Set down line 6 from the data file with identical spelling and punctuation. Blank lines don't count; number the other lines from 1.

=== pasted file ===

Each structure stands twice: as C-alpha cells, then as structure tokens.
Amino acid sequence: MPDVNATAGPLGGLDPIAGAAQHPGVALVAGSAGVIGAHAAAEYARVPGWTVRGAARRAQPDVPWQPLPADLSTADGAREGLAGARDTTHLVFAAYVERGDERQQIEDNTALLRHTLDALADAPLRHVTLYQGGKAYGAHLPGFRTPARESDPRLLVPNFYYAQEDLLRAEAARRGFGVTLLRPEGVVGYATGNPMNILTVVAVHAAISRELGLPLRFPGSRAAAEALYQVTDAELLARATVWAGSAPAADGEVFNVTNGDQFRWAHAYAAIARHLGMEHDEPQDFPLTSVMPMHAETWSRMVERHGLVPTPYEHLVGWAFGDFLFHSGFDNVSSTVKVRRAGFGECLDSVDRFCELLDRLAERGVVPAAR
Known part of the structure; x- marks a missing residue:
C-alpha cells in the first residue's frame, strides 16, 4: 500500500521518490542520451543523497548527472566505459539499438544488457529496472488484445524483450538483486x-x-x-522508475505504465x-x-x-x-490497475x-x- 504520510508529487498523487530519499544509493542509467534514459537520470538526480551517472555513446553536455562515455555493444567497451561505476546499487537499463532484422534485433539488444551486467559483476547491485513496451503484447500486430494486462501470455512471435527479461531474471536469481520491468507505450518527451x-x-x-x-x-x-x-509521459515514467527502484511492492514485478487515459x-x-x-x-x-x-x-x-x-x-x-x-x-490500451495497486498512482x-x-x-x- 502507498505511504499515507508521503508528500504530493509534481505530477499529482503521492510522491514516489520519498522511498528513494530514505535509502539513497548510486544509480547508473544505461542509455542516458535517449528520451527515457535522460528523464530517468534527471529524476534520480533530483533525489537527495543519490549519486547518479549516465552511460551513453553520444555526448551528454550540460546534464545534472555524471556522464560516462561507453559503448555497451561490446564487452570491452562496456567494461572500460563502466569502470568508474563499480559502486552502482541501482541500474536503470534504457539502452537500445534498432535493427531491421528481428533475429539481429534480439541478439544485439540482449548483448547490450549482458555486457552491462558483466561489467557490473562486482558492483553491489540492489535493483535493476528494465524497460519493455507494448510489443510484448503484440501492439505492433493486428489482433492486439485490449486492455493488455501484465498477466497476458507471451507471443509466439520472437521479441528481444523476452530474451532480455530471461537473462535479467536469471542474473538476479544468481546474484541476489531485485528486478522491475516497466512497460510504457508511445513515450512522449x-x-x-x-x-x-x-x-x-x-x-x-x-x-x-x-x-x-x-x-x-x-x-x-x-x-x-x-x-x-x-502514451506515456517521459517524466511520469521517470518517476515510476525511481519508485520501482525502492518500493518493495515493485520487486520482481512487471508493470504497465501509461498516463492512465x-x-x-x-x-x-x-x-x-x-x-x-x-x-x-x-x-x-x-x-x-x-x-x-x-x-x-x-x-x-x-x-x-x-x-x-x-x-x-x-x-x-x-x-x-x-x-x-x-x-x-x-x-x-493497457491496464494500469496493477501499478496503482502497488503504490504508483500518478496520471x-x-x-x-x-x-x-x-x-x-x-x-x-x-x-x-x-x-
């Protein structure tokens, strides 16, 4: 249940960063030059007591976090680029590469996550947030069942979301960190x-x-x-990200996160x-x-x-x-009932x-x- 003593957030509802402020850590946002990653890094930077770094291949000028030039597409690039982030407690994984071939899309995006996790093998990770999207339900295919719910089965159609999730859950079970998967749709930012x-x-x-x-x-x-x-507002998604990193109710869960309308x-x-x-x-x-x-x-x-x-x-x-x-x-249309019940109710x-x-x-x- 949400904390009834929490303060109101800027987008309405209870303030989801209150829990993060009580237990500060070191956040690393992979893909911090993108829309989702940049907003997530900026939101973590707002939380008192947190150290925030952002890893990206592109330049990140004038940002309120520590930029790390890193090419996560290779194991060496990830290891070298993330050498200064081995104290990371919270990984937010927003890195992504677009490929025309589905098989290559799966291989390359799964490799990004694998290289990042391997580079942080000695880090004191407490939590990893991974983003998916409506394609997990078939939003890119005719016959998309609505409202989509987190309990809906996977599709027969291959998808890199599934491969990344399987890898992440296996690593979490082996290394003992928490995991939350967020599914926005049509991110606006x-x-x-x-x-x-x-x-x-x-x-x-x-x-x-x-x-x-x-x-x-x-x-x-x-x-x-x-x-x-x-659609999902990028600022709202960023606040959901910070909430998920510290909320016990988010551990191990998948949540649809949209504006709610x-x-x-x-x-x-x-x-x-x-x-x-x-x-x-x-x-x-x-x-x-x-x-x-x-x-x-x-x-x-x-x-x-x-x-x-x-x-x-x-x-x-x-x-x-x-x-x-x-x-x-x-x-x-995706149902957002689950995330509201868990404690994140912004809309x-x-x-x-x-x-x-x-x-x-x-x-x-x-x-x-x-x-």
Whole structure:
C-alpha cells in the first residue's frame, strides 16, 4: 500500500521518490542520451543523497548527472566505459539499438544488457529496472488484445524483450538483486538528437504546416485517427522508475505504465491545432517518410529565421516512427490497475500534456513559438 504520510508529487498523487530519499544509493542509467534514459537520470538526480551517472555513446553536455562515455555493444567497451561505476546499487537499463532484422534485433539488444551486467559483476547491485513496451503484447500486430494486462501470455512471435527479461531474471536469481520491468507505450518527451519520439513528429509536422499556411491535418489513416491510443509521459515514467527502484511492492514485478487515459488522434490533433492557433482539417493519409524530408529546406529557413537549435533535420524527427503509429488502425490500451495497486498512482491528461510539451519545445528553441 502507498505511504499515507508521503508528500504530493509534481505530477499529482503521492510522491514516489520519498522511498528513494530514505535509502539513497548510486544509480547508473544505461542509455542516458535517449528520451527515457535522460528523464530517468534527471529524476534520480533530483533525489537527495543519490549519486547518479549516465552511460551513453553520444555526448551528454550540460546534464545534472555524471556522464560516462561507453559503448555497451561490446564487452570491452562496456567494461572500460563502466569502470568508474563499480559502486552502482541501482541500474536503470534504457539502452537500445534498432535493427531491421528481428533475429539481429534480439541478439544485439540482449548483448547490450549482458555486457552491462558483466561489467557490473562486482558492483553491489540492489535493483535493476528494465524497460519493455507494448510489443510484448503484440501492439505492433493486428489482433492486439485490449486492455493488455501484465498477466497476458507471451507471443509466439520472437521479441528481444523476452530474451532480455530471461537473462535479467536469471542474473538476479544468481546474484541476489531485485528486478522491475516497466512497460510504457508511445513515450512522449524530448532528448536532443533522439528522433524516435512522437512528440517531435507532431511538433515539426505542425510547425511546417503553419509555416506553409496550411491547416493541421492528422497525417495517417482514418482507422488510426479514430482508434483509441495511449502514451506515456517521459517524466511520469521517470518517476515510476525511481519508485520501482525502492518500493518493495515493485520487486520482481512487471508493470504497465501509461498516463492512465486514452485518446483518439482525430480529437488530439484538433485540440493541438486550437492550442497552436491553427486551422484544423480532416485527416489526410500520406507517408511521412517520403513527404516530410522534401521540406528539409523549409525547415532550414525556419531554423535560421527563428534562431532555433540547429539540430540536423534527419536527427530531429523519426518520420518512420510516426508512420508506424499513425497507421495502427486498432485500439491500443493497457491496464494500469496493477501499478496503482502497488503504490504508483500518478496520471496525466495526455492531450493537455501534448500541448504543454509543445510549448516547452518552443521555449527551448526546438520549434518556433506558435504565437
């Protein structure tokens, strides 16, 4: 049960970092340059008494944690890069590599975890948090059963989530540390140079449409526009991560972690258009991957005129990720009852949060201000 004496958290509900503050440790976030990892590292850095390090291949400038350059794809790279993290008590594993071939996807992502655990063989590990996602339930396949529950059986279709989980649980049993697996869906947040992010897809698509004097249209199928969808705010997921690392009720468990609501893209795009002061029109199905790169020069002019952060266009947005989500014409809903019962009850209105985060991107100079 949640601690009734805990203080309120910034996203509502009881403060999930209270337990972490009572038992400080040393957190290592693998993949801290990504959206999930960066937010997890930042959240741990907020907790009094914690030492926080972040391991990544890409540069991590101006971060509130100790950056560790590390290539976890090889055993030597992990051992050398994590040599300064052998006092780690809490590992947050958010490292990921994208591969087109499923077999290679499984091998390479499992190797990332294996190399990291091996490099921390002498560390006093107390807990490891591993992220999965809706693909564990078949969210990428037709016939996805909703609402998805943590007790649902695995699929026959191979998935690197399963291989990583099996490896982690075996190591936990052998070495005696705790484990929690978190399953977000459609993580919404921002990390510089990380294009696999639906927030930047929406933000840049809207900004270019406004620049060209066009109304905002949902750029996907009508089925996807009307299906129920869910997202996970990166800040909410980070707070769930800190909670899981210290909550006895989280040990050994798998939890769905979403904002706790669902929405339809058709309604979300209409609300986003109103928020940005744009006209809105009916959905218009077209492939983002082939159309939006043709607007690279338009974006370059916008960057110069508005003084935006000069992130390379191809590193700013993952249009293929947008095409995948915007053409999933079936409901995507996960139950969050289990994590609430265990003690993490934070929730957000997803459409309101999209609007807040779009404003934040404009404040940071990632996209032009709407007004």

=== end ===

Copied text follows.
Whole structure: